The Tor Project announced that it’s working with Mozilla to integrate Tor into Firefox. Eventually, this should completely eliminate the need for the Tor Browser, as most of its features would be merged into Firefox’s new “super-private mode.”
Tor Browser Development Largely Redundant
The Tor Browser is based on the Extended Support Release (ESR) version of Firefox, because it’s a more stable development cycle that only patches bugs and doesn’t add new features for 11 months or so. This means it doesn’t disrupt how the Tor Browser works too much, and the Tor Project developers don’t have to integrate many new features into their browser every few weeks.
Despite this, the Tor Project developers said that it takes a lot of time to rebase Tor Browser patches to new versions of Firefox. This is why Mozilla has started integrating Tor’s patches into Firefox on its own through the “Tor Uplift Project.”
Firefox has also adopted new security features from the Tor Browser such as first party isolation (which prevents cookies from tracking you across domains) and fingerprint resistance (which blocks user tracking through canvas elements). However, first party isolation is off by default in Firefox and fingerprint resistance can break some websites. You can enable first party isolation in about:config or by installing this add-on for it.
Enter Project Fusion
The Tor Project developers said that the main objectives of Project Fusion are:
- Fingerprinting resistance, make more user friendly and reduce web breakage
- Implement proxy bypass framework
- Figure out the best way to integrate Tor proxy into Firefox
- Real private browsing mode in Firefox: Will turn on First Party Isolation, Fingerprinting Resistance, and Tor proxy
The developers said all these features would enable a “real” private mode in Firefox, which could completely replace the need for the Tor Browser to exist.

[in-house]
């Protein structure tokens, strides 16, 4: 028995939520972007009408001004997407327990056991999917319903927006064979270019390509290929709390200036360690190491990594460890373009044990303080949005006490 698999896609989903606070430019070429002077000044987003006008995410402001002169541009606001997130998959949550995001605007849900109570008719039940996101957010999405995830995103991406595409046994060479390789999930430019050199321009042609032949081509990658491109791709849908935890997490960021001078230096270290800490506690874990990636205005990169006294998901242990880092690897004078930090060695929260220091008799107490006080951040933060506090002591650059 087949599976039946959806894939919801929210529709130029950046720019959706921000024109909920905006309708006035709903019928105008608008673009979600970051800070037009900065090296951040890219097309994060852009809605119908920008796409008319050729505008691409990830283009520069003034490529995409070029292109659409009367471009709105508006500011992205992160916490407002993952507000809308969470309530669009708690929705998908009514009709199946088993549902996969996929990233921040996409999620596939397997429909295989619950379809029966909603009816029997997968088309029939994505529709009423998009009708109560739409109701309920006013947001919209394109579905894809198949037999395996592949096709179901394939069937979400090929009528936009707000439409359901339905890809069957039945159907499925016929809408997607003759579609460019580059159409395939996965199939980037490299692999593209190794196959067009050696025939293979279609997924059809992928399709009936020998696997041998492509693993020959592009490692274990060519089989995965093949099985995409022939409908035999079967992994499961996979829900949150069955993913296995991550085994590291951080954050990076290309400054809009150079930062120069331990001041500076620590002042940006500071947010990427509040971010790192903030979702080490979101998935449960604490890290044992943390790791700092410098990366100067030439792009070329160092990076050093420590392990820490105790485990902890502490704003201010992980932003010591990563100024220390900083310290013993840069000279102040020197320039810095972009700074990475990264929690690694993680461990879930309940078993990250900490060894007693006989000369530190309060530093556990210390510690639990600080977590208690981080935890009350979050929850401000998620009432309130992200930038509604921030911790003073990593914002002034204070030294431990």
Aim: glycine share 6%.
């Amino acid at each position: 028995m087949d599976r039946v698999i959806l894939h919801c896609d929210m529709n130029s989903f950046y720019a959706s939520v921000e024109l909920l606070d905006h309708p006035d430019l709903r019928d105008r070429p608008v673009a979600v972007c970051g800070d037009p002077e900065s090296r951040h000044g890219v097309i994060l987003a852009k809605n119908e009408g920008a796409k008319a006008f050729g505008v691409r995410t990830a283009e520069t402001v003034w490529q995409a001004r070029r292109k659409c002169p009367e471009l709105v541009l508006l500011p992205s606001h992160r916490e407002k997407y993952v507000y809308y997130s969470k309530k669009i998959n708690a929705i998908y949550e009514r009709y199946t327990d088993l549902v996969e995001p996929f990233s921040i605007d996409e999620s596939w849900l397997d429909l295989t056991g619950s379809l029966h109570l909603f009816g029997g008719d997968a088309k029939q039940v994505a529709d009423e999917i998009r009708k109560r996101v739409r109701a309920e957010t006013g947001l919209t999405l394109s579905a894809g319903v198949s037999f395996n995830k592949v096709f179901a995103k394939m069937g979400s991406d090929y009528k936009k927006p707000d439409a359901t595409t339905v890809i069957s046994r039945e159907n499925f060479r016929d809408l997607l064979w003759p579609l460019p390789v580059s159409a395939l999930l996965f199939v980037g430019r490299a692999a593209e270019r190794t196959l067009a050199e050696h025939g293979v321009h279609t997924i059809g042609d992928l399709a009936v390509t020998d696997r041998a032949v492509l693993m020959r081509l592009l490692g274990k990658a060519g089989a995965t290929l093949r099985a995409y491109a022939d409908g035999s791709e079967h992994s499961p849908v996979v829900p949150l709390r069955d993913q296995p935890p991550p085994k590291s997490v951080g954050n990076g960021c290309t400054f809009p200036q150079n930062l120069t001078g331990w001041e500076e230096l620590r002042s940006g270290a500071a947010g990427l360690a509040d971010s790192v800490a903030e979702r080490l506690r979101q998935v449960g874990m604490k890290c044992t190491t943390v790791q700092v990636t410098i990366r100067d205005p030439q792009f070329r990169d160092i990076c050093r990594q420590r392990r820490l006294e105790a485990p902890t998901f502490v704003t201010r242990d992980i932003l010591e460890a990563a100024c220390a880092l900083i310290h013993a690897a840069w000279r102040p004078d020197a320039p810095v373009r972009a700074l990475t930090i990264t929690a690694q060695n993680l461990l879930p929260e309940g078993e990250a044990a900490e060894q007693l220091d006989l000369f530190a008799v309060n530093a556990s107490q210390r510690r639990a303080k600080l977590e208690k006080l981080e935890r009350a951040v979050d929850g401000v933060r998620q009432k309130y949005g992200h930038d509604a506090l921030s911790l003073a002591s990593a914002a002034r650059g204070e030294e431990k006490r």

This “super-private mode” could be used by hundreds of millions of users eventually, which is why Mozilla first needs to ensure that the Tor network can scale with such usage. That means more people will need to run Tor relays. Mozilla may be able to help here by donating money to nonprofits that can run Tor relays.
A Firefox Competitive Advantage
The Tor Project developers said that Project Fusion has the accord of Mozilla’s CEO and CTO, which probably means it has a high chance of coming to fruition. However, many issues have to be considered first, such as developing private telemetry, fixing the problem with fingerprinting resistance breaking websites, and so on.
Additionally, Mozilla wants to first standardize the Tor client specification, write conformance tests for it, and open the documentation. All of that means that more people could look at how Tor is implemented in Firefox and see if there are any issues with that implementation.
The main reason why Mozilla would even want to integrate Tor into Firefox is because it could provide its users real private browsing, something that most competitors will not be able to offer. Mozilla has taken an increasingly strong pro-privacy stance in the past few years, and Project Fusion could further boost its pro-privacy image.
It could also put Firefox in a much more direct contrast with Chrome, a browser developed by Google, which is heavily invested in user tracking in order to serve more targeted ads.
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The problem with this is Mozilla Chromification of the browser has gotten rid of many low-level api's necessary for TOR to work properly with the browser.Reply
The main problem with your post is that The Tor Project still uses Firefox in all of it's distributions and recommends using it so you have no idea what you're talking about.Reply